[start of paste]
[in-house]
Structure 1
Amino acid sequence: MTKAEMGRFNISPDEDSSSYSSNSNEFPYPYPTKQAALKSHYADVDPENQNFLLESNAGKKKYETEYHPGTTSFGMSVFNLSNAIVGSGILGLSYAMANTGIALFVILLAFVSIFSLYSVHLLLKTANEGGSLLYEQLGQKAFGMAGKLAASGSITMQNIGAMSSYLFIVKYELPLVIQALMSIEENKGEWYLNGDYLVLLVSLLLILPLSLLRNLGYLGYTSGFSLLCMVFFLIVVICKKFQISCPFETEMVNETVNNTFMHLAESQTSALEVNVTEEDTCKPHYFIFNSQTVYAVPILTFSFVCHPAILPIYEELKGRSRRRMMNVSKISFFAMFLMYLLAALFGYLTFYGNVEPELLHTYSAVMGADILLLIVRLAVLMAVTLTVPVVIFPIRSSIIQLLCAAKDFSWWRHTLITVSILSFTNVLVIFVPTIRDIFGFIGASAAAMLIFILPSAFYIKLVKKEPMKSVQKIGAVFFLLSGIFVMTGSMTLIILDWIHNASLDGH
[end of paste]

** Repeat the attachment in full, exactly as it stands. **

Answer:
[in-house]
Structure 1
Amino acid sequence: MTKAEMGRFNISPDEDSSSYSSNSNEFPYPYPTKQAALKSHYADVDPENQNFLLESNAGKKKYETEYHPGTTSFGMSVFNLSNAIVGSGILGLSYAMANTGIALFVILLAFVSIFSLYSVHLLLKTANEGGSLLYEQLGQKAFGMAGKLAASGSITMQNIGAMSSYLFIVKYELPLVIQALMSIEENKGEWYLNGDYLVLLVSLLLILPLSLLRNLGYLGYTSGFSLLCMVFFLIVVICKKFQISCPFETEMVNETVNNTFMHLAESQTSALEVNVTEEDTCKPHYFIFNSQTVYAVPILTFSFVCHPAILPIYEELKGRSRRRMMNVSKISFFAMFLMYLLAALFGYLTFYGNVEPELLHTYSAVMGADILLLIVRLAVLMAVTLTVPVVIFPIRSSIIQLLCAAKDFSWWRHTLITVSILSFTNVLVIFVPTIRDIFGFIGASAAAMLIFILPSAFYIKLVKKEPMKSVQKIGAVFFLLSGIFVMTGSMTLIILDWIHNASLDGH